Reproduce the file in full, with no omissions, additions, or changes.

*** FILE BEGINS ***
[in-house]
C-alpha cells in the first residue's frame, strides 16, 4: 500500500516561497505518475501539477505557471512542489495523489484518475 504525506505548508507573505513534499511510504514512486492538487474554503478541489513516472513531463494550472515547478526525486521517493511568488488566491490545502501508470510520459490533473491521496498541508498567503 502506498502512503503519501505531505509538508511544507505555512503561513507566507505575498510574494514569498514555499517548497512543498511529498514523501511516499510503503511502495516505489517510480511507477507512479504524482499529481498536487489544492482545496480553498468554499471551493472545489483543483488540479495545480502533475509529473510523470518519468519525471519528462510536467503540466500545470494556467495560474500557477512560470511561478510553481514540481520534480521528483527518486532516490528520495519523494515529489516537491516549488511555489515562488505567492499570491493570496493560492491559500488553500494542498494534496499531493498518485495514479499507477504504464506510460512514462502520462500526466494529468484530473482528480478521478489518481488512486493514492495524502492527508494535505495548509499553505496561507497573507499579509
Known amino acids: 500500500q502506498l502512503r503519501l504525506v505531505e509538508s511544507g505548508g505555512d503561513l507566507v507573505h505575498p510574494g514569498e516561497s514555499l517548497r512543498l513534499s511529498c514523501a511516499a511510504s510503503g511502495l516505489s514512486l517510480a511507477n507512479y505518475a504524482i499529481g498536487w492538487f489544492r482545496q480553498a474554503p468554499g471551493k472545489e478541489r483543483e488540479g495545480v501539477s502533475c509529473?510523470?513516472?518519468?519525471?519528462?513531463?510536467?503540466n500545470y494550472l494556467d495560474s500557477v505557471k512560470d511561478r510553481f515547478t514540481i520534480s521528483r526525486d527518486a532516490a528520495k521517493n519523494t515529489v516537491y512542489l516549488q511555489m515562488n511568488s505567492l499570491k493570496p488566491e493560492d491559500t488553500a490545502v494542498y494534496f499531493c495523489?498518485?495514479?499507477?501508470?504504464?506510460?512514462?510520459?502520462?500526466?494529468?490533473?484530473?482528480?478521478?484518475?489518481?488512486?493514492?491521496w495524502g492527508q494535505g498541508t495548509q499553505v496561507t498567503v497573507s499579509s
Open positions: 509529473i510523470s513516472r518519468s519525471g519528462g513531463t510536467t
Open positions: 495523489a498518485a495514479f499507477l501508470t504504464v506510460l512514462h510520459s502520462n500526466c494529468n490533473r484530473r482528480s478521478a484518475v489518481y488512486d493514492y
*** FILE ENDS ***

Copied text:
[in-house]
C-alpha cells in the first residue's frame, strides 16, 4: 500500500516561497505518475501539477505557471512542489495523489484518475 504525506505548508507573505513534499511510504514512486492538487474554503478541489513516472513531463494550472515547478526525486521517493511568488488566491490545502501508470510520459490533473491521496498541508498567503 502506498502512503503519501505531505509538508511544507505555512503561513507566507505575498510574494514569498514555499517548497512543498511529498514523501511516499510503503511502495516505489517510480511507477507512479504524482499529481498536487489544492482545496480553498468554499471551493472545489483543483488540479495545480502533475509529473510523470518519468519525471519528462510536467503540466500545470494556467495560474500557477512560470511561478510553481514540481520534480521528483527518486532516490528520495519523494515529489516537491516549488511555489515562488505567492499570491493570496493560492491559500488553500494542498494534496499531493498518485495514479499507477504504464506510460512514462502520462500526466494529468484530473482528480478521478489518481488512486493514492495524502492527508494535505495548509499553505496561507497573507499579509
Known amino acids: 500500500q502506498l502512503r503519501l504525506v505531505e509538508s511544507g505548508g505555512d503561513l507566507v507573505h505575498p510574494g514569498e516561497s514555499l517548497r512543498l513534499s511529498c514523501a511516499a511510504s510503503g511502495l516505489s514512486l517510480a511507477n507512479y505518475a504524482i499529481g498536487w492538487f489544492r482545496q480553498a474554503p468554499g471551493k472545489e478541489r483543483e488540479g495545480v501539477s502533475c509529473?510523470?513516472?518519468?519525471?519528462?513531463?510536467?503540466n500545470y494550472l494556467d495560474s500557477v505557471k512560470d511561478r510553481f515547478t514540481i520534480s521528483r526525486d527518486a532516490a528520495k521517493n519523494t515529489v516537491y512542489l516549488q511555489m515562488n511568488s505567492l499570491k493570496p488566491e493560492d491559500t488553500a490545502v494542498y494534496f499531493c495523489?498518485?495514479?499507477?501508470?504504464?506510460?512514462?510520459?502520462?500526466?494529468?490533473?484530473?482528480?478521478?484518475?489518481?488512486?493514492?491521496w495524502g492527508q494535505g498541508t495548509q499553505v496561507t498567503v497573507s499579509s
Open positions: 509529473i510523470s513516472r518519468s519525471g519528462g513531463t510536467t
Open positions: 495523489a498518485a495514479f499507477l501508470t504504464v506510460l512514462h510520459s502520462n500526466c494529468n490533473r484530473r482528480s478521478a484518475v489518481y488512486d493514492y